Can I get an amen-ah

No one likes the preacher except for the congregation. Even some of them aren’t thrilled by his message. They’re the ones in the back who fall asleep once the sermon begins. I hope my observations and critiques haven’t become sanctimonious or banal for the congregation. If anyone likes to doze off during the sermon, waking only to the sound of other members of the flock laughing, well, we have no need for your counterfeit faith. Only the true believers need to read on. By now, you’re probably wondering what the hell I’m talking about. Me too.

At its root, the sermon I’m talking about is the call to localism, sustainable agriculture, a total revamp of this consumer culture that corrupts so many. But I’d rather not put a label on it. Once you give something a name it is subject to abuse and misrepresentation.

The idea though, speaking in broad terms, is a return to a community we have traded for convenience of freeways, email and cheap food. Not that any of these are inherently bad, but they’ve been taken to an extreme that shows a complete lack of respect for nature, of which humans are a part. I guess it’s easy to separate ourselves from nature. We don’t see where our food is raised. Barely any of us get our milk from a cow we own or eggs from the hen house out back. Those things are just products for our consumption. We don’t see the piles of melting electronics children dig through for precious metals, the whole time inhaling toxic chemicals.

All of this comes from a disconnect. Who cares if we blow the tops off mountains to get to a thin seam of coal to fire power plants to enrich uranium to make bombs intended to whip unGodly numbers of people from the earth with the push of a button. Not my problem. It produces jobs. Hooray! Twenty more jobs for one generation, nuclear winter for six generations! Genius! Plus, you know, a war helps the economy, so really, we should be thankful we can screw mountains with the dick of capitalism before its impotent.

It doesn’t matter that “[a]dult hospitalizations for chronic pulmonary disorders and hypertension are elevated as a function of county-level coal production, as are rates of mortality; lung cancer; and chronic heart, lung, and kidney disease. Health problems are for women and men, so effects are not simply a result of direct occupational exposure of predominantly male coal miners.” (1)

Lung cancer, chronic heart, lung and kidney disease. Everyone wins! Health insurance companies can charge more for their policies, doctors will certainly be kept in business prescribing medicines from big pharmaceutical. Coal miners and their families die quickly, and so there are more jobs for everyone, from the high school graduate to the college educated! That’s not mentioning that mountain raping destroys watersheds nature has carved over millions of years. So hydrological engineers will certainly have job security trying to rebuild those masterpieces.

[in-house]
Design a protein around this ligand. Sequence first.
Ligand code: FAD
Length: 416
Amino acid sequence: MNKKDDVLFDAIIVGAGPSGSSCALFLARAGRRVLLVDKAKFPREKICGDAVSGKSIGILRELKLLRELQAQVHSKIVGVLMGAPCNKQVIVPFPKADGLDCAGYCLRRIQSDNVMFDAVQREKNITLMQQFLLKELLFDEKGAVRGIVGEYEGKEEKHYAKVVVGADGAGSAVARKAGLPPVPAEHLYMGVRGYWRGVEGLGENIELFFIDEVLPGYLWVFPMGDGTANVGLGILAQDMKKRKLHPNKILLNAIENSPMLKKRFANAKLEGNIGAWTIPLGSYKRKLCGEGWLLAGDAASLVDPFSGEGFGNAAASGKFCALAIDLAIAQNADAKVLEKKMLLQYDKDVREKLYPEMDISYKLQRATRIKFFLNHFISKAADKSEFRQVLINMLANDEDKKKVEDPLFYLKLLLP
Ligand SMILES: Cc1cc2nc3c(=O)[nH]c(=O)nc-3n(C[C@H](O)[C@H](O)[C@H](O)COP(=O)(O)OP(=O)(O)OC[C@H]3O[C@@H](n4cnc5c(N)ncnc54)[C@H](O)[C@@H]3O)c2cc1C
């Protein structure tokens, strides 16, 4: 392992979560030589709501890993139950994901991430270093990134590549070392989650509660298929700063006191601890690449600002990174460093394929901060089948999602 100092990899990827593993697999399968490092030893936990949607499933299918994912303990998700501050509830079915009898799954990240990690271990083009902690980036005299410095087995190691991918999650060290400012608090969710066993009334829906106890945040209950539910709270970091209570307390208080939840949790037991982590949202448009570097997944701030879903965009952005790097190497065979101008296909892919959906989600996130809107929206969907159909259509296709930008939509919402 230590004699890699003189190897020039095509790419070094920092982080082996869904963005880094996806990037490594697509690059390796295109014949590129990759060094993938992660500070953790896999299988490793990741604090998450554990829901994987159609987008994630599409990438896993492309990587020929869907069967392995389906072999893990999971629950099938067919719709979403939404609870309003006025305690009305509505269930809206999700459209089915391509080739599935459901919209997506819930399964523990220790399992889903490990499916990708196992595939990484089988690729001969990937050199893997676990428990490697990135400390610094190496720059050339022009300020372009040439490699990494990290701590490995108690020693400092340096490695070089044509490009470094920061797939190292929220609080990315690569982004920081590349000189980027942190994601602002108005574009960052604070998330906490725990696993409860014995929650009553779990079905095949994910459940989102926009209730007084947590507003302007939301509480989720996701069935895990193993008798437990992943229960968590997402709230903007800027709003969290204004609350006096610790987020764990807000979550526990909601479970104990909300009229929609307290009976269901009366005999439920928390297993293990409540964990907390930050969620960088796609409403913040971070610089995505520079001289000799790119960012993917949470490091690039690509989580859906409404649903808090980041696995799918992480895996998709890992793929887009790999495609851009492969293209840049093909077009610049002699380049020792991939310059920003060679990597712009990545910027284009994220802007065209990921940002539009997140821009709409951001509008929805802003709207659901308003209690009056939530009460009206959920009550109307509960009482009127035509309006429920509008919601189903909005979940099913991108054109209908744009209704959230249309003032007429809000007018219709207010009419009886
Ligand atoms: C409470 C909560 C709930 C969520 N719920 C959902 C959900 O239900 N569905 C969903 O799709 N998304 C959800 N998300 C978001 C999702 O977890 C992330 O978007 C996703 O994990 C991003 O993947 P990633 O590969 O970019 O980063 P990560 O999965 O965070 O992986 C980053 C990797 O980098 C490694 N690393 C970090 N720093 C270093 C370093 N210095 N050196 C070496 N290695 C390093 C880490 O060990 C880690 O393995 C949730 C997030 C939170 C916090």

“Stream creation typically involves building channels with morphologies similar to unaffected streams; however, because they are on or near valley fills [the place where the mining companies dump the decapitated heads of the mountains], the surrounding topography, vegetation, soils, hydrology, and water chemistry are fundamentally altered from the premining state. U.S. rules have considered stream creation a valid form of mitigation while acknowledging the lack of science documenting its efficacy.”(1)

At the risk of sounding banal, it’s all very Faustian. No one loves consumerism more than Lucifer. There’s a rumor that he’s about to dump America, for a hotter, younger China. I’m not sure about that though, you can never really believe what you read on a geocities Web site.

And where does this stem from, a lack of connection to nature, a lack of  community with the Earth. I don’t even know if I should a lack of connection to nature, because people automatically, and incorrectly assume a dichotomy between nature and humanity. News flash, humans are part of nature, subject to its laws.

How would community correct this error? If I depend on my farmer neighbor for food, and she on me for repair of his machines, I would be a lot less likely to dump toxic metals in the stream she uses to water her oxen.

Fortunately I am not the only one with this attitude, and it seems these sentiment is growing. There is a growing contingency, especially in my generation, that isn’t satisfied with eating factor farmed chickens or buying products whose production is harmful to nature. I mentioned Maverick Farms yesterday. Today’s group of choice is “The Greenhorns.” It is a non-profit who is working on promoting farming to the younger generations. Something desperately needed when only about .001 percent of the US population are farmers under 35. I’m not saying being a farmer automatically makes you a promoter of community or the idea of localism, but it is a step in the right direction after a long sprint the other way.

I doubt if there exist today a more complete regimentation of the human mind than that accomplished by our … dream of sudden economic affluence. The saving grace of democracy is that we fastened this yoke upon our own necks, and we can cast it off when we want to, without severing the neck – Aldo Leopold

(1) Palmer, et al, Mountaintop Mining Consequences.

1 comment
  1. Patrick said:

    Yes. Do want.

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